How can I maximize budget + power for graphic design?
May 2, 2011 9:58 AM   Subscribe

For graphic design on a budget, can I get by with an older version of the Adobe software? What are my options?

I'm buying a new laptop and also the software to get back into graphic design. My initial budget was $400 or $700 for the machine plus software. I'm realizing that that might not be realistic, but I literally don't have the money to spend more. Would it be all right to get an older, less expensive version of the Adobe Creative Suite or some of its products? Would it be worthwhile to get the software and a less powerful machine?

FWIW, I'm looking at laptops with at least 4 GB RAM and an Intel i3 or i5 processor. I don't care about screen size or graphics quality right now. I just want to be able to use Photoshop and InDesign, etc., get familiar with them, and not waste time waiting for the computer to catch up. Aside from that, my standards are low; my previous laptop is around 6 years old, incredibly slow, and emitting sparks.
posted by ramenopres to Computers & Internet (9 answers total) 1 user marked this as a favorite
Yes, it is completely all right to use an older version of Creative Suite to get your feet wet. I recommend CS3, which smoothed out some of the missteps of 1 and 2, but isn't so far removed from the current CS5 that you wouldn't be able to transition smoothly when (or if) it becomes necessary.
posted by Aquaman at 10:06 AM on May 2, 2011 [1 favorite]

I'm still using CS3 at home, and CS5 at work (although different apps -- at home I primarily use PS, Illustrator and InDesign; at work it's PS and Fireworks). While there are some things I do like in CS5, I don't really feel handicapped on CS3 at home -- if I did, I'd have upgraded by now. Do be careful purchasing older versions, though. There's a lot of shadiness in selling Adobe software online...
posted by sharding at 10:26 AM on May 2, 2011

CS3 is definitely the right starting point, if you can find a copy of it. Keep in mind it can't be just any used copy, since Adobe requires it be registered to use it, and you don't want one that's 'locked' to the current owner's computer. NB: I have never gone through the process of getting hold of a copy of an older Adobe product, so I don't know what's involved.

Alternately, though it may cost more in the long run, starting with CS5.5 Adobe now offers a monthly subscription. For example, if you prepay a year, you can get Photoshop CS5.5 for $35/month, or $50 without a commitment. Or $95/month for the entire Design Premium suite. It's not cheap, and it's not the right choice for everyone, but "I just don't have two grand up front to buy software" is one of their major target markets for this new option.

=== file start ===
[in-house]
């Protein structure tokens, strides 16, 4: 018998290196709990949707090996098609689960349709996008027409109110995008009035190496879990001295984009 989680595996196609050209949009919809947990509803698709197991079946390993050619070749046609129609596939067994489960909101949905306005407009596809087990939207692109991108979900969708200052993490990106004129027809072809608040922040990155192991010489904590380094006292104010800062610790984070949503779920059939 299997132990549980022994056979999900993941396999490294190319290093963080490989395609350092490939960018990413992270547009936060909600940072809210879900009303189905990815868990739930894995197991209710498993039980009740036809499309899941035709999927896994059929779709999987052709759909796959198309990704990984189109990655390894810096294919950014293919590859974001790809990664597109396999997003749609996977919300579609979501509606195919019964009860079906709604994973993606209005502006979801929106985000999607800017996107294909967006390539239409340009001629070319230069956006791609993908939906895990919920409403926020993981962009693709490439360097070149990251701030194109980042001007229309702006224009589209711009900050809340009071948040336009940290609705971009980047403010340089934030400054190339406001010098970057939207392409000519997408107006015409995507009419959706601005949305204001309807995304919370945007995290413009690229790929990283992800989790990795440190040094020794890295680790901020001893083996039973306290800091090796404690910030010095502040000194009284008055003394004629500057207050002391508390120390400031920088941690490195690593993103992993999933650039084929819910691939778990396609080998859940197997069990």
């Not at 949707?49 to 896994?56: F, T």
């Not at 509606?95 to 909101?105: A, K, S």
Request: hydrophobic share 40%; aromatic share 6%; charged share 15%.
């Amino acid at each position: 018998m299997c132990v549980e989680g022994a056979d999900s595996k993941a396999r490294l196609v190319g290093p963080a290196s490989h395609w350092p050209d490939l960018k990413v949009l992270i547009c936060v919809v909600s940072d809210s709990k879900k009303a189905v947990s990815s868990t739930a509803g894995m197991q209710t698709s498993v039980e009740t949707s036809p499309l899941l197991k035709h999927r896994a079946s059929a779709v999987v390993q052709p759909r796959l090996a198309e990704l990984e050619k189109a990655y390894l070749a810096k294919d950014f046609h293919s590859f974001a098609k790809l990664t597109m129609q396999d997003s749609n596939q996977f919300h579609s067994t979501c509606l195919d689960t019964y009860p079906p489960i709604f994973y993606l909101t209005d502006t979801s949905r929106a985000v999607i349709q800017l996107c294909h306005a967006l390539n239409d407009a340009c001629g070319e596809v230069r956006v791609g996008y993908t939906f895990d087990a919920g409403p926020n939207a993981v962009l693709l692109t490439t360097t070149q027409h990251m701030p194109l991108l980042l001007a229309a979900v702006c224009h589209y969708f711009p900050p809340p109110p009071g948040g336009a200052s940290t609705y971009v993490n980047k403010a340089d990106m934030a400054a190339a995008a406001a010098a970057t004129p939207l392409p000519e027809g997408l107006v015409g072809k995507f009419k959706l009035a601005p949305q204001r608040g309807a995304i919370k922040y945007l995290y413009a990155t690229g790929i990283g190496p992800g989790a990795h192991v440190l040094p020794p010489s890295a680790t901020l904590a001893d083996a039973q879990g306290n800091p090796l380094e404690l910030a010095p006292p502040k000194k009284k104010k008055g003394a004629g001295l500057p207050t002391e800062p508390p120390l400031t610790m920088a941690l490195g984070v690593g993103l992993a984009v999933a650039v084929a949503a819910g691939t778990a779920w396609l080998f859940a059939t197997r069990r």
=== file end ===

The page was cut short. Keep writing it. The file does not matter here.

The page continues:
posted by Tomorrowful at 10:27 AM on May 2, 2011

You can go back quite a few versions and still learn the core aspects of Photoshop. You may not be able to open files saved by a much newer version, but you can get good at the software on Photoshop CS or even versions prior.

If you're really short on cash, get GIMPShop, a free, open-source alternative, and learn that first. Photoshop will be somewhat similar when you switch.
posted by 4midori at 10:56 AM on May 2, 2011 [2 favorites]

Depends on what you want to do. I use CS2 which does everything I need. And there was a time when it was the industry standard. My impression of the versions above CS2 are that it has new features that most people won't use (cue flame war) and improvements on already-existing features. The patch-tools look awesome in CS5, but the ones in CS2 work pretty well.
posted by jander03 at 11:45 AM on May 2, 2011

I taught Photoshop in the CS3 + CS4 years. CS2 should be fine. I wouldn't go much older than that, though. Keep in mind that this makes study books cheaper for you, too. You should be able to get CS2 books for a song. As far as where to get it, call (or even better, visit) your local college's art department and ask if they have advice.

Beyond that, I would just mention that a lot of freelancers end up getting free hardware and software from their clients or colleagues. I have a friend who just got a free desktop PC (already has a laptop) and I know many, myself included, who have received free copies of the Adobe Suite from clients.
posted by circular at 1:52 PM on May 2, 2011

The only reason I moved from CS1 is that I got a new Intel Mac and CS1 had to run in Rosetta and was a times. Otherwise, I'd still be happily working in CS1. I'm on CS5 now, and, honestly, I'm not feeling the love. I'm certainly not feeling any "how did I ever work without that?" love.

So, yeah, go right ahead and use the older stuff.
posted by Thorzdad at 4:08 PM on May 2, 2011

Just make sure if anyone's sending you an Illustrator file that they save it down to CS3 for you.
posted by zadcat at 4:28 PM on May 2, 2011

Zadcat mentions saving down, but Illustrator's not going to be the problem; InDesign is. Illustrator and Photoshop both retain backwards-compatibility with older versions of the software, but InDesign only allows you to save backwards one version. So, if you're going to be dealing with anyone who's using CS5, they'll have to export to 4, then open up in 4 to export to 3. If you're working alone, no problems, but if you have to play with others, you may find it a bit of a hassle.

With that one caveat, I'd wouldn't hesitate to recommend CS3 as a learning tool.
posted by lekvar at 5:33 PM on May 2, 2011

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